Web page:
Being a “Person to Be Heard”
When I learned there was a meeting of the Leon County School Board scheduled for August 11, I decided to attend. At first, I thought I would just attend and see if the issue came up. As the date approached (and as the public opinions piled up pro and con), I decided I really had to speak about this, if allowed.
I learned that there are two ways to speak before the board. 1) You can arrive at the meeting site prior to the 6:00 meeting time and fill out a PTBH (Persons to be Heard) card and submit it to a staff member or 2) You can call the school board office in advance and provide your information over the phone. I did not learn about the two options until the Monday before the board meeting (because I did not ask earlier…), so I had to go with option #1. I was told I would be allowed to speak for 3 minutes about the matter I stated on my PTBH card.
Although this is not word-for-word what I said, this is the best recreation I can do and does follow the outline I used Tuesday night:
As a parent who has had at least one child in this school system since 2001, I am glad I attended a meeting (and sorry this was my first). I came away from the discussion with a more comprehensive view of the issue from their angle. Specifically, it was informative to hear the comparisons between this situation and issues of appropriateness of human sexuality curriculum (i.e., (and I am paraphrasing here) “as a teacher I may think [name of student] will benefit from the human sexuality curriculum, but if their parent requests to opt them out, I have to comply with that request.”).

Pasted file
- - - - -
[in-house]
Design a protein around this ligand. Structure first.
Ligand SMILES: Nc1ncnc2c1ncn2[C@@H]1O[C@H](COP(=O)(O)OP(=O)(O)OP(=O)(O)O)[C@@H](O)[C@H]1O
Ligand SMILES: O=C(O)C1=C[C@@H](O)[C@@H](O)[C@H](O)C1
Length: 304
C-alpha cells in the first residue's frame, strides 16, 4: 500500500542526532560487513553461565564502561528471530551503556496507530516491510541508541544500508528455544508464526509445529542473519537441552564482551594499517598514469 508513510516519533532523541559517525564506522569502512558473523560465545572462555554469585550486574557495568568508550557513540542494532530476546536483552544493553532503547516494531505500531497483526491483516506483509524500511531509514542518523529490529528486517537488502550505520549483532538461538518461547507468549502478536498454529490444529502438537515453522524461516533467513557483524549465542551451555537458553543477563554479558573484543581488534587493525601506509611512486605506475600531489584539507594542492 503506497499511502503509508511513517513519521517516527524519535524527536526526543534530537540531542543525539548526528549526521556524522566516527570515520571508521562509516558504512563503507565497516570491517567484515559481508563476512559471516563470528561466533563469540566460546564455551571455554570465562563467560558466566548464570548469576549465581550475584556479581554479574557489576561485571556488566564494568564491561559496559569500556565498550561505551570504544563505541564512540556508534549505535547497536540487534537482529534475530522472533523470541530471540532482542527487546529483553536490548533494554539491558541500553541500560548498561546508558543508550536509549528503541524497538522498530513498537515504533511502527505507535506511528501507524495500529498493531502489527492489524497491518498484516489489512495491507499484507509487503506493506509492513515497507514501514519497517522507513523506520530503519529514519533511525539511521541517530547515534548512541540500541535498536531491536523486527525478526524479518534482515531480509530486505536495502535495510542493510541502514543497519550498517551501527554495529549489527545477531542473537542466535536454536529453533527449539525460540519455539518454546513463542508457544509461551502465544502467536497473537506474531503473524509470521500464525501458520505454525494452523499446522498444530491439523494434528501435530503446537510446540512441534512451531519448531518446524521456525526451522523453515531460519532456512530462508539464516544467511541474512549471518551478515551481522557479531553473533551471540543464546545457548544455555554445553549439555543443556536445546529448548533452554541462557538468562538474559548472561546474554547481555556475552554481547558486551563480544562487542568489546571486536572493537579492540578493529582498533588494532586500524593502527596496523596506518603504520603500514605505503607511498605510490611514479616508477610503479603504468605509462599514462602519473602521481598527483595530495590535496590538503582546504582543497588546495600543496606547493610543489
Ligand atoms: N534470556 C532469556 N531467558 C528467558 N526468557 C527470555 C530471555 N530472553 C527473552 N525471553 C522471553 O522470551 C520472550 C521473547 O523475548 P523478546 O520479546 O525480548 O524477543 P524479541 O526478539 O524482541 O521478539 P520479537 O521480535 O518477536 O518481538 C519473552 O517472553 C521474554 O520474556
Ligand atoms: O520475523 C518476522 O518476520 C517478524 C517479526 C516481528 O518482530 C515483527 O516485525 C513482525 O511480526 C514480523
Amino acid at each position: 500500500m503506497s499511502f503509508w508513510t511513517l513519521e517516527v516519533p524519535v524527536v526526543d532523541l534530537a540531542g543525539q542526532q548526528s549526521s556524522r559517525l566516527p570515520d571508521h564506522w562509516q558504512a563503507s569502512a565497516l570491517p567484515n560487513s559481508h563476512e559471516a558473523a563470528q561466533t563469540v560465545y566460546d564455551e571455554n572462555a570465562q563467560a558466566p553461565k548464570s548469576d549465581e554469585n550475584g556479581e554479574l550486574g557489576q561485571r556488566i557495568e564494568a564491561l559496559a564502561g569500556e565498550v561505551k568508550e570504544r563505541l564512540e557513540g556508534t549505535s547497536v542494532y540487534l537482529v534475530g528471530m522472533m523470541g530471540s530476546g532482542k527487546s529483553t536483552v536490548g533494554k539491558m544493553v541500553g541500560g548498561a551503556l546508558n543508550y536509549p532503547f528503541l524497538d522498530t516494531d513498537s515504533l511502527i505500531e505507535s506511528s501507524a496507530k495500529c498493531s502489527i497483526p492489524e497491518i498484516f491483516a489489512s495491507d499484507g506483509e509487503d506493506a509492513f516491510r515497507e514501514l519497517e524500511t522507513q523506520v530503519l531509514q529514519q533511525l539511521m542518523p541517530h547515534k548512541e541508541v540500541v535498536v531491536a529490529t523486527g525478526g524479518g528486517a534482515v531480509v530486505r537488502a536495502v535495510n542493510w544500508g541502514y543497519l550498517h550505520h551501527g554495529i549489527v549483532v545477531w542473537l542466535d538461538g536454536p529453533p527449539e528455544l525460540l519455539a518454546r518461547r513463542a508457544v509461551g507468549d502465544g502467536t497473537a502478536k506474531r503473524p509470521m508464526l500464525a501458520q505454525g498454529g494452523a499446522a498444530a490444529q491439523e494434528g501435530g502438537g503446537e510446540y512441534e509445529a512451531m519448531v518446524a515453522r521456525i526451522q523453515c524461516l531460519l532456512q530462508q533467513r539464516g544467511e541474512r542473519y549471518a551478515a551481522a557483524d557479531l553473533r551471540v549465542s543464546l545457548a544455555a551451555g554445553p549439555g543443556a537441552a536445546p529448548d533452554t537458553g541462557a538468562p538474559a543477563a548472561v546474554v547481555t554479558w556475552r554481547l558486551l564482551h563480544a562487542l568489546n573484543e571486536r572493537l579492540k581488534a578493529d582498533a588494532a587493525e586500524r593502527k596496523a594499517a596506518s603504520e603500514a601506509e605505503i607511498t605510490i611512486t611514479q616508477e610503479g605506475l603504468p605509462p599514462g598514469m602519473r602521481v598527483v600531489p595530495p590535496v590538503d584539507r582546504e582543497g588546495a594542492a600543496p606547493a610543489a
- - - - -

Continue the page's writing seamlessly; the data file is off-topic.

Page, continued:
I am grateful to the school board for giving me an opportunity to speak.
While I understand issues like this take on a life (and definition) all their own once they blow up, it has been important to me that the discussion be as accurate as possible, in order to focus on solutions.
This book has not been banned from our school system.
The parent who is quoted in most of the newspaper articles appears to have requested an alternate assignment (rather than requesting the principal revert the assignment to “optional” for the entire school).
Although there was back and forth about this assignment’s classification as “instructional materials,” at least one school board member has acknowledged that policy was not followed in response to a parent’s concern about the content of the book.